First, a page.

This mask is made out of wood and covered in light beige fabric (like the seven others collected by the Varat Mission and which are now in the Musée Guimet). On top of the original, delicately-nuanced polychrome paint, two further coats have been added at a much later date. The artefact depicts a perfectly oval female face. The pronounced line of the eyebrows and the black hair contrast with the extremely pale complexion; the sole touch of bright color is a red spot on the forehead between the eyes.
The figure no doubt represents the young female shaman (“Somu” in Korean) as she was personified in the Sandae masked theatre on the occasion of the festivities to mark the feast of Tano (held on the fifth day of the fifth lunar month). In Korea, under the Yi dynasty (1392-1908), the Sandae was a court theatre, placed under the patronage of the king and, for a while, administered by the governmental office specifically responsible for organizing court entertainment and official festivities.
According to the French explorer Charles Varat, whose anthropological findings were published in “Le Journal des Voyages” in 1894, it would appear, however, that these wooden masks were more commonly used in funeral ceremonies. Their purpose was to ward off the baleful influences that accompanied death, and to protect the living from evil spirits. During burials, the role of the dancers-attired in tragic costumes and masks-was to prevent the “malevolent spirit” from escaping. Once the ceremony was over, the “benevolent spirit” was housed in a small, precious receptacle in order to safeguard family members of the deceased.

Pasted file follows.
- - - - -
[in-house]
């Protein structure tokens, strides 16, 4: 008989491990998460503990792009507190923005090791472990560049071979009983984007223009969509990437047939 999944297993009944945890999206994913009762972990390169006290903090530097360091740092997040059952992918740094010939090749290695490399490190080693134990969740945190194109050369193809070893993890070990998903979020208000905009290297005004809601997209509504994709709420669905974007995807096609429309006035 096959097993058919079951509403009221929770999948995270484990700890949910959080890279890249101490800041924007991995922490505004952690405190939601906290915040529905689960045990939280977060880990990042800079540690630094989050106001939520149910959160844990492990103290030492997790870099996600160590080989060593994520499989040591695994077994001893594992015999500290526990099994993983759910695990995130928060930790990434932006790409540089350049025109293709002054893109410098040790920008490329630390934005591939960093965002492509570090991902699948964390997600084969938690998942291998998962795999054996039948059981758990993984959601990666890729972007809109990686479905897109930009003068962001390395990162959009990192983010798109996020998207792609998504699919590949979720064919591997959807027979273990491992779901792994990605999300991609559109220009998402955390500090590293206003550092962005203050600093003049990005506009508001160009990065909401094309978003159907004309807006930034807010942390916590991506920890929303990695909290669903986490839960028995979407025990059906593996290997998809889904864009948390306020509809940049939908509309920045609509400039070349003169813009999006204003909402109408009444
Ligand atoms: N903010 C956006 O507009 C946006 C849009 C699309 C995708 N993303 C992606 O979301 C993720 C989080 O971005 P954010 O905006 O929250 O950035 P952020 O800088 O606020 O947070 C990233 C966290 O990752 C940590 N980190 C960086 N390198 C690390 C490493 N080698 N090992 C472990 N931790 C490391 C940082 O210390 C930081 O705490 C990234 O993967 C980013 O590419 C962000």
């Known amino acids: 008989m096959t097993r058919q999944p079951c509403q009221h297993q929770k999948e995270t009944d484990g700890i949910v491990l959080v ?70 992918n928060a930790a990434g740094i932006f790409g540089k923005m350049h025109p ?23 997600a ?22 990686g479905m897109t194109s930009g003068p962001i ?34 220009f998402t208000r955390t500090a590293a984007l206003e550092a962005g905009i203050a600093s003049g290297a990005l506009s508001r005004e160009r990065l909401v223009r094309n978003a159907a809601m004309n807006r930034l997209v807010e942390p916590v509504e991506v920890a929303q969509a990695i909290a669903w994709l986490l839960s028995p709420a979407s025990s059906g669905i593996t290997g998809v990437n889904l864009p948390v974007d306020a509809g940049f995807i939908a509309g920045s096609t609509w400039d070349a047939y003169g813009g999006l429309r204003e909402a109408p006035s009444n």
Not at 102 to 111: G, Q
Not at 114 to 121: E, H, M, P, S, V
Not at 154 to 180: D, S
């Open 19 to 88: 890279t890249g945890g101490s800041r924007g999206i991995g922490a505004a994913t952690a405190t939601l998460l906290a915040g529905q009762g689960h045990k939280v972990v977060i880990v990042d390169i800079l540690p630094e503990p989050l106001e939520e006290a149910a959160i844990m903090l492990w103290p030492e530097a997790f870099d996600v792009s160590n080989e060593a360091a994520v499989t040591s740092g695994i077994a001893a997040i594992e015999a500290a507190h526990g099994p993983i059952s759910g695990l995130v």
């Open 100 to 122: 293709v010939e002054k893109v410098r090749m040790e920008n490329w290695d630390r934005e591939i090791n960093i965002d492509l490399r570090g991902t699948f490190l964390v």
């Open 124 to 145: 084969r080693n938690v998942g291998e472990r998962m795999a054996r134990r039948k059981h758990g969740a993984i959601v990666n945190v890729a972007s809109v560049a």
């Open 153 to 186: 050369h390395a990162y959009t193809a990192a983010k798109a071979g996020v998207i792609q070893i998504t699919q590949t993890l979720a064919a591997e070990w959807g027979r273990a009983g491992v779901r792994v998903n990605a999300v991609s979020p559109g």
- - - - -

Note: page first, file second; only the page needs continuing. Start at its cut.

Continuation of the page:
Besides their prophylactic powers, such masks accurately mirror the Korea of their day. They exhibit a genuine sense of humour and portray, often in an extremely refined and poetic way, a broad tapestry of Choson people and society.